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Health at a Glance 2009: OECD Indicators
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branch 4. Health Care Activities
  branch 4.2. Medical technologies (supply and use)

The diffusion of modern medical technologies is one main driver of rising health expenditure across OECD countries. This section presents data on the availability and intensity of use of two diagnostic technologies - computed tomography (CT) scanners and magnetic resonance imaging (MRI) units.

CT (or CAT, for computed axial tomography) scanners and MRI units help physicians diagnose a range of conditions by producing cross-sectional views of the inside of the body being scanned. Unlike conventional radiography and CT scanning, newer imaging technology used in MRI units do not expose patients to -ionising radiation. The size and population density of a country is one of the factors affecting the number of equipment needed to respond to the demand.

The availability of CT scanners and MRI units has increased rapidly in most OECD countries over the past 15 years. Japan has, by far, the highest number of MRI and CT scanners per capita, followed by the United States for MRI units and by Australia for CT scanners (Figure 4.2.1  and Figure 4.2.2). Some analysts attributed the rapid increase in MRI units in Japan, at least partly, to the lack of formal assessment of effectiveness or efficiency in purchasing decisions (Hisashige, 1992). At the other end of the scale, not surprisingly given their high cost, the number of MRI units and CT scanners were the lowest in Mexico and Hungary.

Data on the use of MRI and CT scanners are available for a smaller group of countries. Based on this more limited country coverage, the number of CT examinations ranges from highs of 228 scans per 1 000 population in the United States, followed by Luxembourg with 177 scans, to lows of 45 scans per 1 000 in France, although the figures in France and Australia do not include CT exams in public hospitals, thereby resulting in an under-estimation. The United States also has the highest number of MRI examinations per capita (Figure 4.2.3  and Figure 4.2.4).

In the United States, some evidence suggests that there is a high risk of overuse of CT and MRI examinations. Between 1997 and 2006, the number of scans in the United States have increased dramatically while the occurrence of illnesses have remained constant (Smith-Bindman et al., 2008). Furthermore, to the extent that payment incentives allow doctors to -benefit from exam -referrals, this also increases the likelihood of overuse. Many studies have attempted to assess -tangible medical benefits of the substantial increase in CT and MRI examinations in the United States but found no conclusive evidence -suggesting such benefits (Baker et al., 2008).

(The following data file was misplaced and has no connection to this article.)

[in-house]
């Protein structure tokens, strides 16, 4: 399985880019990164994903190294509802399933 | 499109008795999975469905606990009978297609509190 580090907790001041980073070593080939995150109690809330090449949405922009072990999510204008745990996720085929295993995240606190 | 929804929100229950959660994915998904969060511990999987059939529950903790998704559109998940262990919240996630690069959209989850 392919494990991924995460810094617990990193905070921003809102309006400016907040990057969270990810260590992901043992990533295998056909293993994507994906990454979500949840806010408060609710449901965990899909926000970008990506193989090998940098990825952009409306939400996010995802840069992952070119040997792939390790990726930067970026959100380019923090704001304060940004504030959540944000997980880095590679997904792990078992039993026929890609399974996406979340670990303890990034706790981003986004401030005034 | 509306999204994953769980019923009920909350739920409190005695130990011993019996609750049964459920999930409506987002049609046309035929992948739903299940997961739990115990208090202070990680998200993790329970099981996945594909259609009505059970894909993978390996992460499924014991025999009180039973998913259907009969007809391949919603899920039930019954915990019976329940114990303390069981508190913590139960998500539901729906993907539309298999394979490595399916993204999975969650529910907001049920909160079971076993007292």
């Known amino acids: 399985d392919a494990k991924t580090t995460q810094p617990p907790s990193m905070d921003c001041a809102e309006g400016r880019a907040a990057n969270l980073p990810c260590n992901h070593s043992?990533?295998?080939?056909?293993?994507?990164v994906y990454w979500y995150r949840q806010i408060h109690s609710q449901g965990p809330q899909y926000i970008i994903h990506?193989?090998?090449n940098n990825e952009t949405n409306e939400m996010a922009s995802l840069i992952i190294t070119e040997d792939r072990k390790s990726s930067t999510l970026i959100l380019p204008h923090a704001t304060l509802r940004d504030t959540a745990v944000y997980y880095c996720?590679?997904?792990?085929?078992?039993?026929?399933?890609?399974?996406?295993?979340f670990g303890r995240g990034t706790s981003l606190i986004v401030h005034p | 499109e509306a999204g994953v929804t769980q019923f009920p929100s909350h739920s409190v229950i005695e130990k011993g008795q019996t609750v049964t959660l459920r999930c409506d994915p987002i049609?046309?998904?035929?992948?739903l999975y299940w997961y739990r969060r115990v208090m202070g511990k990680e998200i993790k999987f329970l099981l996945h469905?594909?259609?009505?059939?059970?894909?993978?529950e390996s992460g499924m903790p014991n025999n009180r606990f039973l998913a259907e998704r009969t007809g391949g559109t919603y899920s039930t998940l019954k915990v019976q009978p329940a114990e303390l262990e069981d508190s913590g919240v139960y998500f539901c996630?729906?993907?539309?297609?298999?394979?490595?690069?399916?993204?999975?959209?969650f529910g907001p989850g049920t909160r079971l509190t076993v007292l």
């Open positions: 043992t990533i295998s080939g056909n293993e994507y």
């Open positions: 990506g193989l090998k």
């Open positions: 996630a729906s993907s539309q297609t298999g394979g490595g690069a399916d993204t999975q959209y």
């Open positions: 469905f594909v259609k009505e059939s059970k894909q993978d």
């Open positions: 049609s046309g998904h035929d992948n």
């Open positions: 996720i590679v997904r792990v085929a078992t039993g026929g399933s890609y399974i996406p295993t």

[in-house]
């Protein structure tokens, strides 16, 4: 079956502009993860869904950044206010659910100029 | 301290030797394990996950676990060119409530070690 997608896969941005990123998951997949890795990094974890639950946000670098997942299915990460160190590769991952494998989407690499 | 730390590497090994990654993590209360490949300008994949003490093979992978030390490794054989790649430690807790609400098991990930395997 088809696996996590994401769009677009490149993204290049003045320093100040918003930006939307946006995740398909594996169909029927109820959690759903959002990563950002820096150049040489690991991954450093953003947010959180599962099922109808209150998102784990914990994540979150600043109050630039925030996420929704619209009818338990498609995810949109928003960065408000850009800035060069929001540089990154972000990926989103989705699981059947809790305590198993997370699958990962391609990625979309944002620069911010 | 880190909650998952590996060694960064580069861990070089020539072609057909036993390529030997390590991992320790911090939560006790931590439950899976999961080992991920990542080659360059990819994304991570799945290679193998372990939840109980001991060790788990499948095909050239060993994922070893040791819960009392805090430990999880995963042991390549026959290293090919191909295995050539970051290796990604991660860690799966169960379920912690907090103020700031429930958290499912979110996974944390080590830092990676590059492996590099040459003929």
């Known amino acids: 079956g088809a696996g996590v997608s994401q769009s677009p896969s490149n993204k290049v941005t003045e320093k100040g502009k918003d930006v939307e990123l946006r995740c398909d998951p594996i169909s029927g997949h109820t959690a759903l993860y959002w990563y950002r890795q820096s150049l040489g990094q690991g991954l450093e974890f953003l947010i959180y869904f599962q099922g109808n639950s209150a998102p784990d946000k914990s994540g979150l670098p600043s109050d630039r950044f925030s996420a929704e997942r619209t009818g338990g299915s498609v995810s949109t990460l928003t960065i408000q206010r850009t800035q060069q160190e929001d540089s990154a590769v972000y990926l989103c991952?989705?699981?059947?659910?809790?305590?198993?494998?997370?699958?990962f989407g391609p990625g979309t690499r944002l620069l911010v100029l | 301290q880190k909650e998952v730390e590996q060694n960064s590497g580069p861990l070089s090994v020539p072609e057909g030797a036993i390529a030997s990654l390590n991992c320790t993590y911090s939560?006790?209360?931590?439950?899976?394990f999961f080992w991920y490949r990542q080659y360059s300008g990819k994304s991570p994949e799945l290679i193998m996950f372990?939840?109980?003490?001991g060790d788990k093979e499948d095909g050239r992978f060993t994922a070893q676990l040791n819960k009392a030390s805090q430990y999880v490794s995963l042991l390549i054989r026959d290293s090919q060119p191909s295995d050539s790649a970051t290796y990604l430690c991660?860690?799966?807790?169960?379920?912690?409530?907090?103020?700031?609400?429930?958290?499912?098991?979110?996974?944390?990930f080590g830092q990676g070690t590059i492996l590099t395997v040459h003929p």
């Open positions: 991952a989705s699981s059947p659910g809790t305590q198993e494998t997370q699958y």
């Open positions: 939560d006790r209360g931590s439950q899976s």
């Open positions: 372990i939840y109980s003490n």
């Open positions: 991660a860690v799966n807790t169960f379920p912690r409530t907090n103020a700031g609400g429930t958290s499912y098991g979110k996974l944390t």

Regarding the intensity of use of the equipment, as might be expected, there tends to be an inverse correlation between the availability of machines and the intensity of their use. In Hungary, Belgium and, to a lesser extent, the Czech Republic and Canada, fewer MRI units and CT scanners are associated with a more intensive use of each machine. Conversely, in the United States and Iceland, the high availability of MRI units and CT scanners is linked to less intensive use of each machine.

The inverted correlation between availability and intensity of use that is apparent in cross-country comparisons is less apparent when looking at trends in the number of new equipment installed and their utilisation rate in each country. In Canada, for instance, there has been an overall increase in both the availability and the intensity of use of MRI machines and CT scanners in recent years, indicating a substantial increase in the total number of exams. One explanation for the simultaneous increase in availability and intensity of use in Canada is that, in addition to a more intensive use of existing machines, the new machines serve regions that did not have access to the technology before (CIHI, 2008a).

Definition and deviations

MRI units and CT scanners relate to the number of equipment per million population. MRI exams and CT exams relate to the number of exams which can be divided either by the population or by the number of machines. Data are normally collected from both the hospital and the ambulatory sector.

However, data for some countries are under--estimated. Data on CT scanners and MRI units do not include those outside hospitals in some -countries (Spain and Germany) or only a small number (France). For the United Kingdom, the data refer only to scanners in the public sector. For -Australia, the number of MRI units (from 1999) includes only those eligible for reimbursement under Medicare, the universal public health -system. In 1999, 60% of total MRI units were eligible for Medicare reimbursement. Also for Australia and France, data for CT and MRI exams refer only to utilization by out-patients and private inā€patients (excluding those in public hospitals).

 
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Figures
4.2.1. Number of MRI units per million population, 2007 (or latest year available) Figure in Excel
Number of MRI units per million population, 2007 (or latest year available)
4.2.2. Number of CT scanners per million population, 2007 (or latest year available) Figure in Excel
Number of CT scanners per million population, 2007 (or latest year available)
4.2.3. Number of MRI exams per 1 000 population, 2007 (or latest year available) Figure in Excel
Number of MRI exams per 1 000 population, 2007 (or latest year available)
4.2.4. Number of CT exams per 1 000 population, 2007 (or latest year available) Figure in Excel
Number of CT exams per 1 000 population, 2007 (or latest year available)